Marry Christmas and Happy New Years from my family to yours… or back to mine, since they are the ones who read this! har har har

 

Buda Castle, Turkish Food, River Cruise, and Actual Karaoke (Day 20)

Monday, May 20, 2013

This morning was really brisk and pretty. Before we met up outside of the Hungarian Parliament building in Budapest for a tour, we enjoyed the nice weather and took some photos at Heroes Square. After driving to the Parliament, we wound our way through the construction zone outside to enter. The inside of the building was absolutely breathtaking!

None of my photos inside the building were worth much... Thanks Kaminesky Blog

None of my photos inside the building were worth much… Thanks Kaminesky Blog

We got to see the Assembly Hall of the House of Magnates and the accompanying numbered cigar holders that sit on the window sills just outside of the room. We also saw the Holy Crown of Hungary and its accompanying guards, who did the ceremonial changing while we were in the room.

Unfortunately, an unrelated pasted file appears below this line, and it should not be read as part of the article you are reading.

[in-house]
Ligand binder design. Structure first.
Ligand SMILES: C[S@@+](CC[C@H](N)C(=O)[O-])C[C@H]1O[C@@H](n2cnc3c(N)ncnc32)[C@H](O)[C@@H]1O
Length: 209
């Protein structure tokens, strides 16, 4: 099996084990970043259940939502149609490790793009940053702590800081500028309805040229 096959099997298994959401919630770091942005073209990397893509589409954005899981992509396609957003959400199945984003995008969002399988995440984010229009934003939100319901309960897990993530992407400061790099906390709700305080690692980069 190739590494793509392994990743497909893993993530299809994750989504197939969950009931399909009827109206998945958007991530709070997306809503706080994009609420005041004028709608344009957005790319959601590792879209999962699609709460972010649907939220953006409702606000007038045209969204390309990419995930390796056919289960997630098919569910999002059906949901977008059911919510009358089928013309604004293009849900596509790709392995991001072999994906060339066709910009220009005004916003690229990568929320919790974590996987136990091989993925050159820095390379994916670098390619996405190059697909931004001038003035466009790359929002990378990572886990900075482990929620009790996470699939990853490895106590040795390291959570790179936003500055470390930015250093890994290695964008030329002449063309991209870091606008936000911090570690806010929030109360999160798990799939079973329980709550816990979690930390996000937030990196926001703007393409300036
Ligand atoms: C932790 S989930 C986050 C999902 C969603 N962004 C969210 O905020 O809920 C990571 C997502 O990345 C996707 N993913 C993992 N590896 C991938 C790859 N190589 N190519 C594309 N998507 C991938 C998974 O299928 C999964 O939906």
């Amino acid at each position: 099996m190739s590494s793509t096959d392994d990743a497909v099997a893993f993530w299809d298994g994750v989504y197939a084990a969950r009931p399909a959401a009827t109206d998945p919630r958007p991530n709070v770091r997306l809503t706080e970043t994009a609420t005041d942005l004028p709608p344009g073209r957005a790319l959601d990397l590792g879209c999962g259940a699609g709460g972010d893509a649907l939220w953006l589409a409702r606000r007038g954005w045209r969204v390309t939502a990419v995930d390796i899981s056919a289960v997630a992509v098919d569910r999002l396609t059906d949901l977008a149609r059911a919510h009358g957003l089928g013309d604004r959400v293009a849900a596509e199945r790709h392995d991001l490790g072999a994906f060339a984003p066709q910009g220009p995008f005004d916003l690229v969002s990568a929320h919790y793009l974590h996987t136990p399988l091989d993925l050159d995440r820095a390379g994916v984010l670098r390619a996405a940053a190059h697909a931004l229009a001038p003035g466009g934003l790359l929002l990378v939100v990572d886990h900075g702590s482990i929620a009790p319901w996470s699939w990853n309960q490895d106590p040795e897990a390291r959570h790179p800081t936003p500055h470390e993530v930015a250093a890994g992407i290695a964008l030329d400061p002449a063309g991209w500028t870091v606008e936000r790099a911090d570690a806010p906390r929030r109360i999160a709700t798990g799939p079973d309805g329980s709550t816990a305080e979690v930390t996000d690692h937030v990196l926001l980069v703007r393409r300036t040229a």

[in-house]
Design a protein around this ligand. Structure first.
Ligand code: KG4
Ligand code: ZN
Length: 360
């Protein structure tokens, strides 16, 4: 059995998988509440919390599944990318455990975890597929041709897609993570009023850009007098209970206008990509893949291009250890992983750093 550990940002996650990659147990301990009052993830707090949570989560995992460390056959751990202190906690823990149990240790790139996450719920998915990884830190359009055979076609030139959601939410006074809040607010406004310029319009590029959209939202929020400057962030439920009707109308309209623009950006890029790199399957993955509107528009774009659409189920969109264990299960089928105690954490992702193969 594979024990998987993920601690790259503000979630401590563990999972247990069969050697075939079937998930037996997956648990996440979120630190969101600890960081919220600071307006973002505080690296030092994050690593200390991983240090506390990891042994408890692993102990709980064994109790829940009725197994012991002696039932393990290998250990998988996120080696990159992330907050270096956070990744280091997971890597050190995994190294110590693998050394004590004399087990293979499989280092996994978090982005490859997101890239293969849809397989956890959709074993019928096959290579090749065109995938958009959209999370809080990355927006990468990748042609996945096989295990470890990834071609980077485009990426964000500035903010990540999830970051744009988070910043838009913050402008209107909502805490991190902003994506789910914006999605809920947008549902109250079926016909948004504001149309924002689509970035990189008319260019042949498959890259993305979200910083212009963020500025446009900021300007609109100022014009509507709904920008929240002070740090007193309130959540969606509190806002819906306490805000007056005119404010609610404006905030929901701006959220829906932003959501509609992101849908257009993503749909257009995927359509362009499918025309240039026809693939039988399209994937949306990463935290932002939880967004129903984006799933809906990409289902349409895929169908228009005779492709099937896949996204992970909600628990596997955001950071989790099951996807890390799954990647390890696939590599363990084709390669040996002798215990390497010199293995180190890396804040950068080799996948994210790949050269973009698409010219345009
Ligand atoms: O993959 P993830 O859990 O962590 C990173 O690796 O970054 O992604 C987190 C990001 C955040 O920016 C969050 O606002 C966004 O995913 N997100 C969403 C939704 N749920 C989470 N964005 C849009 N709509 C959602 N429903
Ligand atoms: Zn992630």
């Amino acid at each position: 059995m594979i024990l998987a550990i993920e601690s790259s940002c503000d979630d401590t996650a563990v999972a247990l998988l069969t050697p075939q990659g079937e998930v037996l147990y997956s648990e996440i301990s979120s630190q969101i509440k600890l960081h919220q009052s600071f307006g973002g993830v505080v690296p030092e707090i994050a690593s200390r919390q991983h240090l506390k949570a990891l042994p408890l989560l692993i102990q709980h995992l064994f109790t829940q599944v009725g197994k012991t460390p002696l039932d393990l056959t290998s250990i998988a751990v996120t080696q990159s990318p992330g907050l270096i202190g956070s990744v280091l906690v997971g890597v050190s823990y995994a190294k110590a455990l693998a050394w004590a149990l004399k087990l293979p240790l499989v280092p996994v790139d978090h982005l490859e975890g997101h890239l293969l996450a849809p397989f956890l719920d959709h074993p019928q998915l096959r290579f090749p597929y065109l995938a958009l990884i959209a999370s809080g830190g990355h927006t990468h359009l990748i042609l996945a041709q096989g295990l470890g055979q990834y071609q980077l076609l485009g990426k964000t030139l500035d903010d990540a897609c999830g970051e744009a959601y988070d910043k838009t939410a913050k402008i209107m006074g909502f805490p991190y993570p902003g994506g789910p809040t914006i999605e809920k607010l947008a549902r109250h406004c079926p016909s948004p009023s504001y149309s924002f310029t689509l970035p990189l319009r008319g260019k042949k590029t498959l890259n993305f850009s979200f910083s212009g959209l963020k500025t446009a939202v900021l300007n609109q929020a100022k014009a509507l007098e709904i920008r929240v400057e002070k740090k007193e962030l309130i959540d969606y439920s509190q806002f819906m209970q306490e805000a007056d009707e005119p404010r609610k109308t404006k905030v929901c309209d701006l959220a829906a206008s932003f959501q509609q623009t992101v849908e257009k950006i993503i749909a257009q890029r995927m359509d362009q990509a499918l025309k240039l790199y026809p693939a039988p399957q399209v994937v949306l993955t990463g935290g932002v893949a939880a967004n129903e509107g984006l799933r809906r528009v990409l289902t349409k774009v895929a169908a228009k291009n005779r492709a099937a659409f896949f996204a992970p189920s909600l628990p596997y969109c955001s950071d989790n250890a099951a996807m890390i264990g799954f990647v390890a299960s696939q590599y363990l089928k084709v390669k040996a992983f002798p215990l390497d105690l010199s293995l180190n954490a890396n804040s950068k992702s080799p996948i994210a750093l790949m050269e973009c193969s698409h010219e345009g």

We did a driving tour around the city and up to Gellert Hill to get an astounding panorama of the two cities, Buda and Pest, with the river Danube that separates them:IMG_20130520_041732 Onward to Buda Castle and Fishermen’s Bastion for another incredible view:

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While in the Castle, Tavis and I wandered around and did a bunch of random stuff: Listening to the longest set of church bells ever, holding a bird of prey, searching out the delicious cinnamon pastries that we could smell from nearly a block away and taking the group Contiki picture.

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I so wish that we would have taken it in Berlin or Prague, because by Budapest we had already lost close to 15 people.

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After we left the Castle, everyone else was going to the famous Baths. Unfortunately, I did not pack a swimsuit and I was not actually interested in being seen in public in one anyway, so I declined to go. I got off the coach on the Pest side of Chain Bridge with Tavis, Andrea and Stephen, who had a friend from Toronto with whom they were planning on spending the afternoon. They graciously invited Tavis and me to join them for lunch, bless them. I was still dealing with a stomach that was on the fritz and nothing really sounded appetizing, so following someone who knew what was where was relieving.

We went to a Turkish place and I got some kind of stuffed pita sandwich that was good, but I don’t think I ate much of it. We sat there and talked for a bit and then wandered back to the sightseeing part of town. We went through St Stephan’s Cathedral, where you can deposit cash  to see a light show around the namesakes preserved hand. Interesting to say the least.